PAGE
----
All of this hand-washing lately got me thinking. The simple act is performed around the world millions of times a day. Lately, it’s become a frenetic act in a desperate effort to stave off the dreaded virus. Countless cringe-worthy memes and earworm tunes have popped up to etch the importance of frequency and thoroughness.
Apparently, our blasé approach to cleanliness doesn’t cut it these days. When I say “our,” I mean other people. As my dear college roommate, Maggie Murphy, can attest, I’ve always been a bit of a cleanliness fanatic. Maggie was horrified when I pulled out my Lysol spray at a local Tucson laundromat to spray down the washers before I would put in my clothes. Of course, I’m also fine eating at open-air markets around the world where the dishes and utensils are dipped in one bucket for cleaning and another for rinsing. This is just one of my endearing dichotomies!
Jenna Scatena recently wrote a beautiful piece for the BBC about Turkish hospitality and the aromatic use of kolonya. This ethanol-based fragrance is infused with natural ingredients and used liberally in homes and businesses to douse the palms of visitors in a show of care. The nostalgic and practical health applications are more relevant than ever, and the surge in usage has prompted esteemed Atelier Rebul (est. 1895), whose brand is synonymous with kolonya, to open a new factory to deal with the demand brought about by Covid 19. The Turkish government has apparently suspended the use of ethanol in gasoline for the time being to help meet the need. The 80 percent alcohol content from the ethanol makes it an ideal hand-sanitizer for this epidemic. Scatena also noted that Dr. Hatira Topakli, a family physician in Istanbul, says “Tending to your guests’ health is a form of hospitality.”
Judaism, Islam and Sikhism all have strong prescribed practices for hand-washing, typically accompanied with prayers. There are at least five different Jewish rituals relating to hand- washing, including the best known, Urchatz and Rachtzah, the “practical” and “traditional,” which are performed at Passover seder. Muslims perform ablutions with running water involving all exposed parts of the body five times a day along with their prayers. The Prophet Muhammad was practical, though--rubbing the body with dust is acceptable when no water is available.
Have you wondered if modern hand-sanitizers, which typically contain 60 to 95 percent alcohol, are acceptable during times of pandemic? The usage, undoubtedly, is a very personal decision. As early as January 2002, serious discussions, agreement and outrage came as the Muslim Scholars’ Board of the Muslim World League during the Islamic Fiqh Council’s 16th meeting held in Mecca, Saudi Arabia, stated that medicine containing alcohol and alcohol applied topically for wounds and health may be used. It was still a subject of debate in 2009 when the World Health Organization (WHO) gave guidelines for healthcare workers and addressed the cultural and religious aspects of hand-sanitizer usage. With each new epidemic, these issues are raised. Last month, the National Fatwa Council's Committee in Malaysia declared that they are permissible for health purposes.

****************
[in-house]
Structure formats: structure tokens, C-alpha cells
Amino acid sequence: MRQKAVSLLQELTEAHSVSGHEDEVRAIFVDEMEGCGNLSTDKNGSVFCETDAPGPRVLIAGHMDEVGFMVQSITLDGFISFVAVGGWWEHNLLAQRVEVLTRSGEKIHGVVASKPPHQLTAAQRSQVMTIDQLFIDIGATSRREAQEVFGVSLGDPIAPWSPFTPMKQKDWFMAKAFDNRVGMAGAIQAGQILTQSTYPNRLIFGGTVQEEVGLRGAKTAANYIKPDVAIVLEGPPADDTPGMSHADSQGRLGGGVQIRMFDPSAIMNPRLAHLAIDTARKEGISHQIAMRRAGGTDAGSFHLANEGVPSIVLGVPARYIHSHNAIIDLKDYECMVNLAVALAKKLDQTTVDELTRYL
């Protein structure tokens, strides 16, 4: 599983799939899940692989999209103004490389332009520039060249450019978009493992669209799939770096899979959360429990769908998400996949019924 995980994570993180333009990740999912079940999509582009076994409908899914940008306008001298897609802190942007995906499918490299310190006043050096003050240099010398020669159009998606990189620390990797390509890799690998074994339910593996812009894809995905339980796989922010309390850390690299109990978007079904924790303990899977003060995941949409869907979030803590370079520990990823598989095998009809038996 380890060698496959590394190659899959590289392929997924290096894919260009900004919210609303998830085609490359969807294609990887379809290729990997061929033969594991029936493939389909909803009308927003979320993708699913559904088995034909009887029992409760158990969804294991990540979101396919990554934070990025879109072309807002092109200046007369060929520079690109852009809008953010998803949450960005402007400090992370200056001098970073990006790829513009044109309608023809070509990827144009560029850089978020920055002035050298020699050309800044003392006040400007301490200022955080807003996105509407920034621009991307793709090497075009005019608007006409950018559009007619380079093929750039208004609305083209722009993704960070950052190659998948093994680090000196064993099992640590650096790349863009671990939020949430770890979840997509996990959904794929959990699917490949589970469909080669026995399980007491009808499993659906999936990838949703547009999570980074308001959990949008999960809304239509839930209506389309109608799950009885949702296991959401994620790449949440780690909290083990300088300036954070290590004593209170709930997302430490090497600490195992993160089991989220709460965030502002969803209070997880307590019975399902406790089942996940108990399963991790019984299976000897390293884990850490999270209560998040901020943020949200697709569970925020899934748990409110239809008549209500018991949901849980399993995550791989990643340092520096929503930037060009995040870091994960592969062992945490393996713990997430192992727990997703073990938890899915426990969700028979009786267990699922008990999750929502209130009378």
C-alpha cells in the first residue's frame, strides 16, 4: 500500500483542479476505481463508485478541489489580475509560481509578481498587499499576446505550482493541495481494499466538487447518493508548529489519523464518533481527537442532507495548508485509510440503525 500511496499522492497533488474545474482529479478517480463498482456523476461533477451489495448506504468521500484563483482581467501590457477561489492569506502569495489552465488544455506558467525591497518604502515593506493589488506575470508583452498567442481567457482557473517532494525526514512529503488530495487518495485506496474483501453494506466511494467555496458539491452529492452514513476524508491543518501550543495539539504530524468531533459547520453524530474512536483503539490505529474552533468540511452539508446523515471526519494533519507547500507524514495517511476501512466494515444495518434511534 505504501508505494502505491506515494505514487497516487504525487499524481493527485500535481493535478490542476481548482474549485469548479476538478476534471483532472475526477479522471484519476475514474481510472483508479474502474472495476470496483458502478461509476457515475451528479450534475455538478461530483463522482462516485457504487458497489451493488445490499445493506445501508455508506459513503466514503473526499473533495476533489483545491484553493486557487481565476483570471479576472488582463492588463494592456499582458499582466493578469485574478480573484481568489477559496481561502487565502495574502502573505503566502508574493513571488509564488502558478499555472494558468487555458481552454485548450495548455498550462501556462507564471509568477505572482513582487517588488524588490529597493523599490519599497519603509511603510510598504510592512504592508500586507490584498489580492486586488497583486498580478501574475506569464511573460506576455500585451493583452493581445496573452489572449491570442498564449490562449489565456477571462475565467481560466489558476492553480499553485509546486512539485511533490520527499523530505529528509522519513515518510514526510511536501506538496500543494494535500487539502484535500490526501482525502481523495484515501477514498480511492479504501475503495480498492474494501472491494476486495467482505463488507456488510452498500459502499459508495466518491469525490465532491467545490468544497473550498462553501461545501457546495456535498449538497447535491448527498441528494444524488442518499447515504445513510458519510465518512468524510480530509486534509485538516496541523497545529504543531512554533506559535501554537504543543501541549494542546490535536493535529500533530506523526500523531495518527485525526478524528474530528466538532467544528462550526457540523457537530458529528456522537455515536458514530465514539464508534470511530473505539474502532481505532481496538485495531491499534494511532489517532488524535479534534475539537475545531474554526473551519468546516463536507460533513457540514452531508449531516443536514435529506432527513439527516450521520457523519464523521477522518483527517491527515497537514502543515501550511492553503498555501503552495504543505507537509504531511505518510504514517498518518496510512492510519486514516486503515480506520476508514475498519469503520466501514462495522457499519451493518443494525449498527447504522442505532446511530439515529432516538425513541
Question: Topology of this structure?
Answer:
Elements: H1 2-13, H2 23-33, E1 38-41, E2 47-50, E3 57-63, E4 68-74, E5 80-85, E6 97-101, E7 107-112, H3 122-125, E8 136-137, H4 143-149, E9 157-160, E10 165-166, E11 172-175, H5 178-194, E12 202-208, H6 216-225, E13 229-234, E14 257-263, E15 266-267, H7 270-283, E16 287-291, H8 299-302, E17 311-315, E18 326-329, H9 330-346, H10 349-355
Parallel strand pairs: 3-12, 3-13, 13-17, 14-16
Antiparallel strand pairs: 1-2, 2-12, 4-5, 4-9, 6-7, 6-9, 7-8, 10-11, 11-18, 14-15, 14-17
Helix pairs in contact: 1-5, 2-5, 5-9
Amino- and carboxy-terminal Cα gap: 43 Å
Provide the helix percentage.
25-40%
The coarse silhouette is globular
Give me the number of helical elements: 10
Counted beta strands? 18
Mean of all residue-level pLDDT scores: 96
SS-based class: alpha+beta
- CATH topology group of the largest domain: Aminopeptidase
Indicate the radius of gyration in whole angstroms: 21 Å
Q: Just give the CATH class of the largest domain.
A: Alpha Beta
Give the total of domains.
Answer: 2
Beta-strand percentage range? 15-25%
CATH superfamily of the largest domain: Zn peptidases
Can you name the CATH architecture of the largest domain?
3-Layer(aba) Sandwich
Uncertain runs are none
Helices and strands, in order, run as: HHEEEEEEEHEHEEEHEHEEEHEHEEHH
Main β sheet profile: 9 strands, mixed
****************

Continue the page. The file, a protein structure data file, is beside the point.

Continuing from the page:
Sairani Mohd Saad, the Malay Healer and trainer for all Spa Villages Malaysia, offers this simple advice for regularly keeping hands clean: “…anything that deals with cleansing with the Malays, first thing that comes to mind is lime. Of course, lime is also used for bathing and it works for external and internal health.” Lime water presented in bowls for hand-washing can be found all over the world. It’s also known for both antibacterial and metaphorical cleansing.
Lavender is also known for its cleansing properties. Countless books have been written about the magical and medicinal use of lavender. The friendly battle between “English lavender” vs. “French lavender” continues. But, to Melissa Mettler, YTL Spa Consultant, who oversees the UK and French Spa Village spas, it’s not an either/or scenario. Strong traditions begun early in England were led by Louis XIV who bathed in lavender water, and the iconic Queen Victoria, who favored lavender as well. Melissa considers lavender, which comes from the Latin lavare, “to wash,” as the “Queen of Disinfecting.” It’s prominently used at Spa Village Bath as part of the Thermal Bathing Ritual.